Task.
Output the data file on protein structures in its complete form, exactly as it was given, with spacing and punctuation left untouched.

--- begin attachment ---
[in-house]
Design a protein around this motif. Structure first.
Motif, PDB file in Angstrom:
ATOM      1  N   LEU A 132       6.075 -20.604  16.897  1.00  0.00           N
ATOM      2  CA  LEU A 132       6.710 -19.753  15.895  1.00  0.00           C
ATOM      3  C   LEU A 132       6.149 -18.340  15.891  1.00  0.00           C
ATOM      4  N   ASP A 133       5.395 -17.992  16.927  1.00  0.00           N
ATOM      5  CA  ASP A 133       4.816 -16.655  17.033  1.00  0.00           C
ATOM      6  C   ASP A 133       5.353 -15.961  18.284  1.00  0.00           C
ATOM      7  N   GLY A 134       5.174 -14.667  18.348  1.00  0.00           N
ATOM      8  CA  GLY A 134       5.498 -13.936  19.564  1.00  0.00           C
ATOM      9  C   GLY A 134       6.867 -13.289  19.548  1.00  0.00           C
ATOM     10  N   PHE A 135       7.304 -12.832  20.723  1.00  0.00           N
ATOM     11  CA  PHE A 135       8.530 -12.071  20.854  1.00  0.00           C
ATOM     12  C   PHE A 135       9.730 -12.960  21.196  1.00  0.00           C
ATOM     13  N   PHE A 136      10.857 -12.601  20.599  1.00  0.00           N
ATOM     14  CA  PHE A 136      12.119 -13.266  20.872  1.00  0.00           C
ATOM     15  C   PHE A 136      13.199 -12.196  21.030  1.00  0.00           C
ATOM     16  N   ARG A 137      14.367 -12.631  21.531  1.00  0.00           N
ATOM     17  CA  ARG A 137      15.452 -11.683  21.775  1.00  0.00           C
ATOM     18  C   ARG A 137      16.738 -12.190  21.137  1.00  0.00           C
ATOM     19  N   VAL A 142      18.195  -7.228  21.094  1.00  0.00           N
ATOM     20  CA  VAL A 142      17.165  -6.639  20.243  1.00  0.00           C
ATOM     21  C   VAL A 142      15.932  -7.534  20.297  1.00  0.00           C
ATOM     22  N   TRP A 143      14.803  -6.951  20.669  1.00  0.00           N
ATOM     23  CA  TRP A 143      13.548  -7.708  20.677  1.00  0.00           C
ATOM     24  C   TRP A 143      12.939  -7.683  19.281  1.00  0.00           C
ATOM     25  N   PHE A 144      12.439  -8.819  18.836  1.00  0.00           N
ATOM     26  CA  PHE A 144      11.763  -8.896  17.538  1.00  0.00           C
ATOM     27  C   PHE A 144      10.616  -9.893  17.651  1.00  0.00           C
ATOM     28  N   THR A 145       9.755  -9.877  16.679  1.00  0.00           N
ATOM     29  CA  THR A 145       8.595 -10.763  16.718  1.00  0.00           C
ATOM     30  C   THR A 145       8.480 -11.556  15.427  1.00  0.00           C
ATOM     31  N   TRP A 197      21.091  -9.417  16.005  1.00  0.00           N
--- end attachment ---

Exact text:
[in-house]
Design a protein around this motif. Structure first.
Motif, PDB file in Angstrom:
ATOM      1  N   LEU A 132       6.075 -20.604  16.897  1.00  0.00           N
ATOM      2  CA  LEU A 132       6.710 -19.753  15.895  1.00  0.00           C
ATOM      3  C   LEU A 132       6.149 -18.340  15.891  1.00  0.00           C
ATOM      4  N   ASP A 133       5.395 -17.992  16.927  1.00  0.00           N
ATOM      5  CA  ASP A 133       4.816 -16.655  17.033  1.00  0.00           C
ATOM      6  C   ASP A 133       5.353 -15.961  18.284  1.00  0.00           C
ATOM      7  N   GLY A 134       5.174 -14.667  18.348  1.00  0.00           N
ATOM      8  CA  GLY A 134       5.498 -13.936  19.564  1.00  0.00           C
ATOM      9  C   GLY A 134       6.867 -13.289  19.548  1.00  0.00           C
ATOM     10  N   PHE A 135       7.304 -12.832  20.723  1.00  0.00           N
ATOM     11  CA  PHE A 135       8.530 -12.071  20.854  1.00  0.00           C
ATOM     12  C   PHE A 135       9.730 -12.960  21.196  1.00  0.00           C
ATOM     13  N   PHE A 136      10.857 -12.601  20.599  1.00  0.00           N
ATOM     14  CA  PHE A 136      12.119 -13.266  20.872  1.00  0.00           C
ATOM     15  C   PHE A 136      13.199 -12.196  21.030  1.00  0.00           C
ATOM     16  N   ARG A 137      14.367 -12.631  21.531  1.00  0.00           N
ATOM     17  CA  ARG A 137      15.452 -11.683  21.775  1.00  0.00           C
ATOM     18  C   ARG A 137      16.738 -12.190  21.137  1.00  0.00           C
ATOM     19  N   VAL A 142      18.195  -7.228  21.094  1.00  0.00           N
ATOM     20  CA  VAL A 142      17.165  -6.639  20.243  1.00  0.00           C
ATOM     21  C   VAL A 142      15.932  -7.534  20.297  1.00  0.00           C
ATOM     22  N   TRP A 143      14.803  -6.951  20.669  1.00  0.00           N
ATOM     23  CA  TRP A 143      13.548  -7.708  20.677  1.00  0.00           C
ATOM     24  C   TRP A 143      12.939  -7.683  19.281  1.00  0.00           C
ATOM     25  N   PHE A 144      12.439  -8.819  18.836  1.00  0.00           N
ATOM     26  CA  PHE A 144      11.763  -8.896  17.538  1.00  0.00           C
ATOM     27  C   PHE A 144      10.616  -9.893  17.651  1.00  0.00           C
ATOM     28  N   THR A 145       9.755  -9.877  16.679  1.00  0.00           N
ATOM     29  CA  THR A 145       8.595 -10.763  16.718  1.00  0.00           C
ATOM     30  C   THR A 145       8.480 -11.556  15.427  1.00  0.00           C
ATOM     31  N   TRP A 197      21.091  -9.417  16.005  1.00  0.00           N